Maine Moose Census Raises New Questions About Moose Numbers
By V. Paul Reynolds


Counting moose in the Maine woods is not as easy as counting sheep. Despite a moose’s imposing size and generally sluggish demeanor, it can be elusive. But Maine now has an official moose count - sort of.

The Maine Fish and Wildlife Department (MDIF&W) has just released the results of its spring aerial survey of Maine’s moose population. According to MDIF&W, which contracted with a private firm for the aerial survey, moose densities in Wildlife Management District 9 (WMD 9) east of Moosehead Lake "were determined to be at least 1.3 moose per square mile."

MDIF&W’s Ken Elowe says that the survey findings were "adjusted" to take into consideration those moose "likely missed" by the infra-red sensing device. From that, a population estimate of 1,280 moose is given for WMD 9, a district in which 100 hunting permits have been assigned for this fall. Crunching the numbers, this means that less than 10 percent of this district’s moose will be harvested this fall. A reasonable figure not likely to jeopardize a moose population that has been growing at a rate estimated at close to 15 percent a year. Deputy IF&W Commissioner Fred Hurley says, "Bottom line is that this moose count (for WMD 9) puts us within the safety zone. Our harvest quota remains acceptable."

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The survey was done for a number of reasons:

1. MDIF&W has been given full authority by the state legislature to manage the moose herd by setting harvest quotas.

2. Tourism interests were getting nervous out of concern that the moose watching trade might be losing critters for viewing.

3. The Big Game Working Group - a committee of citizens advising wildlife managers -suggested in its report last year that a moose census was long overdue.

4. Safari Club International agreed to partly underwrite the $50,000 tab for the moose survey.

Although the Fish and Wildlife folks can be credited with trying to do the right thing, there must be some furrowed brows among state wildlife managers, especially those who prefer science over showmanship. >From a public relations standpoint, the survey serves a purpose. For example, the Bangor Daily News accepted the survey’s reliability at face value, reporting that this is "the first time the state...has had an accurate count of moose anywhere in Maine."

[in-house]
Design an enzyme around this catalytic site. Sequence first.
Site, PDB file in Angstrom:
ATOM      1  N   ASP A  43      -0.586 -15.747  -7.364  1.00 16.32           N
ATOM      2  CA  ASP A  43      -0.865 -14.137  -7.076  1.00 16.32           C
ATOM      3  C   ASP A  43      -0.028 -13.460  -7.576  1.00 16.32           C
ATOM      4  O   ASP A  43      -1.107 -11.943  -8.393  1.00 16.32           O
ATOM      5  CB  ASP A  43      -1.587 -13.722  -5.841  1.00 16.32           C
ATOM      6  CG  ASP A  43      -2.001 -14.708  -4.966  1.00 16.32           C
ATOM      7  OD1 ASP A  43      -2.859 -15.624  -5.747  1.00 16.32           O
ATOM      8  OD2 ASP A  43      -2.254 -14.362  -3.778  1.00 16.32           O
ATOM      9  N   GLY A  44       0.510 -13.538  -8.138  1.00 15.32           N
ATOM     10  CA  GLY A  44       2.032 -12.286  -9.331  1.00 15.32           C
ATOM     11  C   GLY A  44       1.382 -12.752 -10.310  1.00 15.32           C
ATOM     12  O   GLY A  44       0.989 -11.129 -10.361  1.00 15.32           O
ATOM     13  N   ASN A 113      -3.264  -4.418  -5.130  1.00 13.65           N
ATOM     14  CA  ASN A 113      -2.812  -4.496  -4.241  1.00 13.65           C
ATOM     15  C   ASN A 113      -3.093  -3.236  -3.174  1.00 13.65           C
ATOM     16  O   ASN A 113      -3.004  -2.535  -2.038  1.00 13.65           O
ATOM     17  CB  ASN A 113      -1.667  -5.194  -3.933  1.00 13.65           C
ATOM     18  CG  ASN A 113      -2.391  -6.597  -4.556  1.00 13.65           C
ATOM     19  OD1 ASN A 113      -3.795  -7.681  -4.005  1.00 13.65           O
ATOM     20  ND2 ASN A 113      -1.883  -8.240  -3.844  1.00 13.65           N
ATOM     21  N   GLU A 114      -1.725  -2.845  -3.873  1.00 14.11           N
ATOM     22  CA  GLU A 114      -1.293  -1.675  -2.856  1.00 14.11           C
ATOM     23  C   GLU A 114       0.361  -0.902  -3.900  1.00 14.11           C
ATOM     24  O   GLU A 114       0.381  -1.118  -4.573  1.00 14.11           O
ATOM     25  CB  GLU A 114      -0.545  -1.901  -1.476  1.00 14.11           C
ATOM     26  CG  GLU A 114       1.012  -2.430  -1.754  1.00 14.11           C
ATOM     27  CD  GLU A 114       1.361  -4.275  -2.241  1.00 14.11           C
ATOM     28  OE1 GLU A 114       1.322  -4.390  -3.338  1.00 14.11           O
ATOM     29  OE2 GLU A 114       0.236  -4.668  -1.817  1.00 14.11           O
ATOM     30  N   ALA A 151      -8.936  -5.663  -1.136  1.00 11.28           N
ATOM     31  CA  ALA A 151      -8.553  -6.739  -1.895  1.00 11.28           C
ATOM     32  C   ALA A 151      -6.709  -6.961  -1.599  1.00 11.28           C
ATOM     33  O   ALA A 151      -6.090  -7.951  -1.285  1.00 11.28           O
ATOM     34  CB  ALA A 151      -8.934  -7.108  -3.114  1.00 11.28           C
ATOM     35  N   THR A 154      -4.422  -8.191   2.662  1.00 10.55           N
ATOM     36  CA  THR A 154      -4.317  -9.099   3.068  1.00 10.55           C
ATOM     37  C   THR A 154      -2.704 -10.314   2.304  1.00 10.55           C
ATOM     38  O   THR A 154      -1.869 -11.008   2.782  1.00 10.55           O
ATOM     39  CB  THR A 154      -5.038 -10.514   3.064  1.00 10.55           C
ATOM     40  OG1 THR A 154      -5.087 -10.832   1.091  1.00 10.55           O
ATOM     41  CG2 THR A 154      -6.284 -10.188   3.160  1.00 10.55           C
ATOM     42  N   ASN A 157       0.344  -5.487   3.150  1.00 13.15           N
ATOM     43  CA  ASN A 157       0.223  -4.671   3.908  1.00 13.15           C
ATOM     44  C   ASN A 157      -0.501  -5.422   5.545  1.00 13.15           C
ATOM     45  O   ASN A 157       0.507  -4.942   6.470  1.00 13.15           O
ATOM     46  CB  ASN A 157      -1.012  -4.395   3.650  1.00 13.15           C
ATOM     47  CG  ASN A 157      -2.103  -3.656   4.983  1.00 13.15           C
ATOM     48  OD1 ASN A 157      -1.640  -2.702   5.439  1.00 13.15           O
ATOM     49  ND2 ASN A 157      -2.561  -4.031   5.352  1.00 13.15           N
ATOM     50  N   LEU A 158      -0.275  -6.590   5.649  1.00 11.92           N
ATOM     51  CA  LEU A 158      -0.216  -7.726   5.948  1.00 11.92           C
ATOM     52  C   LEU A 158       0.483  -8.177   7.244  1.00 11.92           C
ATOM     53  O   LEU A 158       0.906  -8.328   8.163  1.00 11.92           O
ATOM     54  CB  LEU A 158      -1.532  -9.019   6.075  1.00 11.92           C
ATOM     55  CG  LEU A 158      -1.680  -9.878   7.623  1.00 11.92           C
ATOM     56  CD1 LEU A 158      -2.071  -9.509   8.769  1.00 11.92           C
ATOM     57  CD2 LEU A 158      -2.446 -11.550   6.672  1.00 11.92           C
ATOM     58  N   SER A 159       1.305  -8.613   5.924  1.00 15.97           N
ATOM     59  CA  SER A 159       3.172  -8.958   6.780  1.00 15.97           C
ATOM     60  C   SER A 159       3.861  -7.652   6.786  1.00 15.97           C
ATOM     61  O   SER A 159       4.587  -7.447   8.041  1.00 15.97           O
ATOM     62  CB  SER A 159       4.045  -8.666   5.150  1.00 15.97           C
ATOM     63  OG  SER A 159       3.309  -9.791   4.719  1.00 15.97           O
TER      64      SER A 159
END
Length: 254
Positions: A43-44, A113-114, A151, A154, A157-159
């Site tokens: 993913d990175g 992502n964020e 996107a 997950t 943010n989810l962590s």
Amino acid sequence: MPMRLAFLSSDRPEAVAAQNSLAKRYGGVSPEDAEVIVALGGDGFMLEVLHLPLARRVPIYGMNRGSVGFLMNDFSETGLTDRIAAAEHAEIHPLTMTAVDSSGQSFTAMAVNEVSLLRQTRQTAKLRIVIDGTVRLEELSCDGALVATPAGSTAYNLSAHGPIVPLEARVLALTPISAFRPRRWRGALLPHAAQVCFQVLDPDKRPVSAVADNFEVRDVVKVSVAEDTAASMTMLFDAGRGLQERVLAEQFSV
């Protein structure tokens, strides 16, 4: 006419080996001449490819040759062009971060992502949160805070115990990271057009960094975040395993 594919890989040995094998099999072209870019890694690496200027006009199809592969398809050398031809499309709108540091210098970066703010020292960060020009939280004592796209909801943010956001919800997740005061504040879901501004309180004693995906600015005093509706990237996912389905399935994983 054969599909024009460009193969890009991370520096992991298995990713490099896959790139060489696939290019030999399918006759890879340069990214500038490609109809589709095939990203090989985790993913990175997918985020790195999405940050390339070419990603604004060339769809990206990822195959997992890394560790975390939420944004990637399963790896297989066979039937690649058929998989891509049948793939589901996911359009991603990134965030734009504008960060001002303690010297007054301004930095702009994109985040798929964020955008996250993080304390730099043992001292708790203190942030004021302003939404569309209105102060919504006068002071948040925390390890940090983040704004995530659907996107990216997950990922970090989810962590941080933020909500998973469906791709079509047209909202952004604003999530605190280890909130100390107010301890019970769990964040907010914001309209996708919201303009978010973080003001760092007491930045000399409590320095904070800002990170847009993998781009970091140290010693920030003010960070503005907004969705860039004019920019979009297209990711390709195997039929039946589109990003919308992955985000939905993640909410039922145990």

Accurate? The numbers don’t seem to add up. Prior to the aerial survey, in a 100- page Moose Assessment, wildlife biologist Karen Morris reports that WMD 9 has an estimated moose population of 3.4 moose per square mile, not 1.3 as reported by the aerial survey.

This is a significant disparity: 1,280 moose versus 3,260! It is made even more glaring by the fact that WMD 9 has been Maine’s prime moose habitat! It proclaims loudly that either the aerial survey was badly flawed, or the state has been grossly over-estimating state moose numbers. Other indices, such as the sky-rocketing increase in moose-car collisions and consistently high hunter success ratios, suggest the problem may be with the former, the infra-red aerial study.

Commenting on the aerial survey, Morris says that she "was surprised by the numbers." She agrees that the "indices seem to be going in different directions." She says that there were problems with the survey. The moose count was done in early April, instead of fall when it was supposed to be done. Late snowcover may have kept many animals under cover hidden from the aerial scanners.

Morris’s 1999 report further states that the moose population in this district was at its full carrying capacity and that, in general, Maine’s moose numbers were far in excess of desired population levels. (Wildlife managers like to see big game populations stabilize at about 50 to 60 percent of carrying capacity for healthy populations.) Morris would ideally like to see WMD 9’s moose population stabilized at more than three animals per square mile.

In the long term, the $50,000 survey may have created a bigger problem than it solved. In fact, Morris says "Our survey seems to raise more questions than it answers." From inception, the survey method itself may have been inhereently flawed. For it was just too costly to permit undertaking a reliable, broad-based population survey of Maine’s geographically disbursed moose herd.